The print-online straddle may feel comfortable– perhaps progressive– at the moment, but one wonders whether that will last. Will print critics-cum-bloggers be able to sustain their print presence? Or will they eventually be forced to go online only, emulating some ex-print critic colleagues who?ve kept their careers alive by developing strong personal Web sites (, and, for example, have substantial followings) or fading into the ranks of basement bloggers whose qualifications are unknown, unproven.

The proliferation of online outlets giving free access to people who want to comment about films is laudably democratic, but it doesn?t replace the function of nor need for professional critics.

“It’s a fallacy to suggest that because movies are a popular medium, all opinions are created equal,” says McDonagh. “Blogging and reader-generated reviews expose writers who?d once have gone unheard because they lacked professional affiliation, and some of them are smart and dedicated. But when I seek a review — of a book, ballet, film or anything else — I want to read what someone who knows more than I do has to say. Consistently, and not just about a handful of things in which they happen to be passionately interested.”

“Being a movie reviewer is great work if you can get it, but it is work if you’re doing it right,” McDonagh continues. “Doing it right means reading the book the movie’s based on, not just knowing something?s a remake, but seeing the original and taking another look if the last time you saw it was in high school. It means setting aside the fact that you don’t like romantic comedies and evaluating ‘this’ romantic comedy against the history and expectations of the genre– and not being embarrassed to say “genre” because someone might think you’re showing off. It means seeing documentaries about goat herders in Burkina Faso and booger-laced comedies about misfit kiddie soccer teams. It means knowing that fill-in-the-blank “rocks” (or “sucks”) is not a review. That’s what professional reviewers commit to doing, and that’s why we need more of them, not fewer.”

AWFJ Vice President Joanna Langfield, The Movie Minute?s host and syndicator, comments that consolidation’s hitting broadcast critics, as well.

“Conglomerate ownership bring conglomerate reviewing (a network feed of Jeffrey Lyons, airs on NBC affiliates, replacing local reviewers whom stations would have to pay). Many stations opt to report box office results instead of airing reviews,” says Langfield. “I can assure those thinking this offers greater opportunity to syndicators, that?s not necessarily the case. It’s cheaper for local stations to air network entertainment programming– and in some cases station group owners require affiliates to carry only internally-produced product. This doesn’t imply quality stations aren’t seeking high quality programming, but limitations are far greater than in the past. We should note this trend is affecting film critics across the full spectrum of media.”

Decisions to cut critics from the payroll undoubtedly fit corporate economic requirements, shifting business paradigms and immediate bottom lines. But is cutting film critics really efficient from a business standpoint?

“You can see why book reviewers are feeling the heat– because, hey, how many people read literary fiction or offbeat histories of the cod fishing industry? But movies are a more popular medium, attracting more readers, more advertising, especially if you consider their post-theatrical life. Publications can recycle reviews when a title comes out on DVD or plays on TV. Newspapers get their money’s worth from staff film reviewers,” says McDonagh.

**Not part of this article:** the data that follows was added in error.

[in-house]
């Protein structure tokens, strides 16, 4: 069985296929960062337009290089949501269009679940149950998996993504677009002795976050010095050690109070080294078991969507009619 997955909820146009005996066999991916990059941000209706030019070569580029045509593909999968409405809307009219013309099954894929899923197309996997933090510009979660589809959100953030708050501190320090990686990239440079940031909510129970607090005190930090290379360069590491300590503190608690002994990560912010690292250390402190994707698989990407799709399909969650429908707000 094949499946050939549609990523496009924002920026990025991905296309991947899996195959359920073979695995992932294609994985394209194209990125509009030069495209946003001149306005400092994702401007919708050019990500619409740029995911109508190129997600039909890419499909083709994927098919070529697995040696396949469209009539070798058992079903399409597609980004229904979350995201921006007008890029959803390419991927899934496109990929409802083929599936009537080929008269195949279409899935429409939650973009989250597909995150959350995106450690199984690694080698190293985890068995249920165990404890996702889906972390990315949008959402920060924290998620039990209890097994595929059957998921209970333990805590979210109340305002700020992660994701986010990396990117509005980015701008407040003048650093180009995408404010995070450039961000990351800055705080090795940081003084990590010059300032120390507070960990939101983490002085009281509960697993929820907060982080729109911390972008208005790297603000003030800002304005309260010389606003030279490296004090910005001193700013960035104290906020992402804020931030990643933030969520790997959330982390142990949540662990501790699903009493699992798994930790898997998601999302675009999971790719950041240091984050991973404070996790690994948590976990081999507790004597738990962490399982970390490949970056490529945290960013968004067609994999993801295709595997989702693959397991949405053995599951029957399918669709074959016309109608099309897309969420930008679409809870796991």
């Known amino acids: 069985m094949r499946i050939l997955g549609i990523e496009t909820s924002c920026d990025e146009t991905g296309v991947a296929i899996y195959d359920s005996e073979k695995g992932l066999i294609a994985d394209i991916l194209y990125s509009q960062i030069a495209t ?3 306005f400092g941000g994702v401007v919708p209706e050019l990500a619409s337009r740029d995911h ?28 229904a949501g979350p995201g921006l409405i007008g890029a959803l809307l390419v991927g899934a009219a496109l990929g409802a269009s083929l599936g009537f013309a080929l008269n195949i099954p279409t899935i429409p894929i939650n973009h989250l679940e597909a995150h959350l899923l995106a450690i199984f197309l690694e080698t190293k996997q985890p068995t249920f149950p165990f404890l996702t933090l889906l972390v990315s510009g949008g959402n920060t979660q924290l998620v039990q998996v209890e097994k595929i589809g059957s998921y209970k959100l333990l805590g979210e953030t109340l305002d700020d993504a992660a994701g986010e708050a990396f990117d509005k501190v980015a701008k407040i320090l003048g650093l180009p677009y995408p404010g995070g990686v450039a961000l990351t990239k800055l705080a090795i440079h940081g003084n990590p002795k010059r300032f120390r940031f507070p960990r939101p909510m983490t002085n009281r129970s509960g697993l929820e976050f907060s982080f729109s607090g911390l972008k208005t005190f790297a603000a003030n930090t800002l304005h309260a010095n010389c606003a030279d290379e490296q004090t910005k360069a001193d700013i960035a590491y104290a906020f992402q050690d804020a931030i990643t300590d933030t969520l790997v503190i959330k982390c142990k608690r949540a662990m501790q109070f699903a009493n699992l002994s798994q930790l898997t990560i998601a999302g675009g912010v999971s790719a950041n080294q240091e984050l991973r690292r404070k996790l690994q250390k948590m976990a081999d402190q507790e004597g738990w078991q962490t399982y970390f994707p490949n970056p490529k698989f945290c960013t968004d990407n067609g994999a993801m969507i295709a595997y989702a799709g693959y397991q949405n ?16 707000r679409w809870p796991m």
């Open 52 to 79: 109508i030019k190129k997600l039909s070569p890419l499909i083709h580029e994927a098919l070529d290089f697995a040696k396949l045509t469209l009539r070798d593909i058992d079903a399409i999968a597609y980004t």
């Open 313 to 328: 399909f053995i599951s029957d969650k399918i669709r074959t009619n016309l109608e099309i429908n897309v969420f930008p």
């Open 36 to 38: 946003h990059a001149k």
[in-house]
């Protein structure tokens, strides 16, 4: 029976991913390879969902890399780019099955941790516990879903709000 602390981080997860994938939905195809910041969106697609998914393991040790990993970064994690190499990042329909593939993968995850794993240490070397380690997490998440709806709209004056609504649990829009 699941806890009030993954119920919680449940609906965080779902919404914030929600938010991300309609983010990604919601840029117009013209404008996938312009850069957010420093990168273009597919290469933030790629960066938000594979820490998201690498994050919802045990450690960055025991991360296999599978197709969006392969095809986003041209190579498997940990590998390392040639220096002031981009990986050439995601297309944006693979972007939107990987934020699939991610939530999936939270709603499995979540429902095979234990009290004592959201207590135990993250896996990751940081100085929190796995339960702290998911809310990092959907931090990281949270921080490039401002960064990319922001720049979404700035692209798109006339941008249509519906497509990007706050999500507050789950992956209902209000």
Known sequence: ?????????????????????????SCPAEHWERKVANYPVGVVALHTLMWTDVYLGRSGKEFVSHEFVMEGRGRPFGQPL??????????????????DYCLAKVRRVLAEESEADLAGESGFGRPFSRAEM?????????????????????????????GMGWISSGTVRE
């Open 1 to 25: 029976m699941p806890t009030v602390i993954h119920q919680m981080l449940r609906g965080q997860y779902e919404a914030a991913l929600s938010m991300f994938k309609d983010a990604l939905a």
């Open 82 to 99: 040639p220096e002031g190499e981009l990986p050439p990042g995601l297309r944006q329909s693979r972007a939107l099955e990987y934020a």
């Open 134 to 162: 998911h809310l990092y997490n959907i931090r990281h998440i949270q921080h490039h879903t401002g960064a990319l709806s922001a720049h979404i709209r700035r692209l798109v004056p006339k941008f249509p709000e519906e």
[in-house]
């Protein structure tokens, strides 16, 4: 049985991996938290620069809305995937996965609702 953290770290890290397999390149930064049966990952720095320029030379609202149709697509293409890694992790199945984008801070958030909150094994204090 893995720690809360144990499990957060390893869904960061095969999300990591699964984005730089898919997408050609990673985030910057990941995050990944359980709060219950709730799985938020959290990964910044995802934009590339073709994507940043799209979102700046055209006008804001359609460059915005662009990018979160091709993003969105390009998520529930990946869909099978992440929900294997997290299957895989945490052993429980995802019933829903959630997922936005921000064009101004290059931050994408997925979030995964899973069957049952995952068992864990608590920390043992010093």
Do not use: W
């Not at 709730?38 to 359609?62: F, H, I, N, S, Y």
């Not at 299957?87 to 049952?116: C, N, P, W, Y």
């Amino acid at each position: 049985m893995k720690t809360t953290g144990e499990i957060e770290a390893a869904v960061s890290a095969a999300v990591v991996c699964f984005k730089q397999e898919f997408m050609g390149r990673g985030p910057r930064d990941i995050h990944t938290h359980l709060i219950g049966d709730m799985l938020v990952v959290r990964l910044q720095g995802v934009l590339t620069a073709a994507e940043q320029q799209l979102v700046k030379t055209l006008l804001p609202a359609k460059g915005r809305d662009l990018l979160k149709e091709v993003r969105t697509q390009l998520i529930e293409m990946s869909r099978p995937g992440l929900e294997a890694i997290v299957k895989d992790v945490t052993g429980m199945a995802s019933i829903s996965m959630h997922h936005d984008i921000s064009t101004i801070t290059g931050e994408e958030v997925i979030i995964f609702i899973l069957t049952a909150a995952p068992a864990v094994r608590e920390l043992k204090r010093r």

AWFJ acknowledges that the mediascape is transforming quickly, drastically. As traditional outlets for professional film critics disappear from the horizon, others are popping up. As traditional print and broadcast outlets diminish, the Internet offers unlimited free access to those– professional or not– who care to comment about film in personal blogs, pod and videocasts. Given these inevitable changes, AWFJ strongly believes that moviegoers have relationships– love ’em or hate ’em– with their local movie reviewers. Local critics provide priceless perspectives that simply cannot be replaced.

“Blogs and websites play into the “everyone’s a critic” school of thought– but while everyone has opinions and all opinions are valid, that doesn’t make all bearers of them critics,” Cling comments. “Popular culture of late has become increasingly dumbed-down and homogenized– and it seems criticism of same is following suit. One of my mentors, the late Gene Siskel, used to describe movie criticism as “the national dream beat.” Who’s going to report that the dream is becoming a nightmare, when all the dream analysts have been sent packing?”

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Jennifer Merin

Jennifer Merin is the Film Critic for Womens eNews and contributes the CINEMA CITIZEN blog for and is managing editor for Women on Film, the online magazine of the Alliance of Women Film Journalists, of which she is President. She has served as a regular critic and film-related interviewer for The New York Press and She has written about entertainment for USA Today, The L.A. Times, US Magazine, Ms. Magazine, Endless Vacation Magazine, Daily News, New York Post, SoHo News and other publications. After receiving her MFA from Tisch School of the Arts (Grad Acting), Jennifer performed at the O'Neill Theater Center's Playwrights Conference, Long Wharf Theater, American Place Theatre and LaMamma, where she worked with renown Japanese director, Shuji Terayama. She subsequently joined Terayama's theater company in Tokyo, where she also acted in films. Her journalism career began when she was asked to write about Terayama for The Drama Review. She became a regular contributor to the Christian Science Monitor after writing an article about Marketta Kimbrell's Theater For The Forgotten, with which she was performing at the time. She was an O'Neill Theater Center National Critics' Institute Fellow, and then became the institute's Coordinator. While teaching at the Universities of Wisconsin and Rhode Island, she wrote "A Directory of Festivals of Theater, Dance and Folklore Around the World," published by the International Theater Institute. Denmark's Odin Teatret's director, Eugenio Barba, wrote his manifesto in the form of a letter to "Dear Jennifer Merin," which has been published around the world, in languages as diverse as Farsi and Romanian. Jennifer's culturally-oriented travel column began in the LA Times in 1984, then moved to The Associated Press, LA Times Syndicate, Tribune Media, Creators Syndicate and (currently) Arcamax Publishing. She's been news writer/editor for ABC Radio Networks, on-air reporter for NBC, CBS Radio and, currently, for Westwood One's America In the Morning. She is a member of the Critics Choice Association in the Film, Documentary and TV branches and a voting member of the Black Reel Awards. For her AWFJ archive, type "Jennifer Merin" in the Search Box (upper right corner of screen).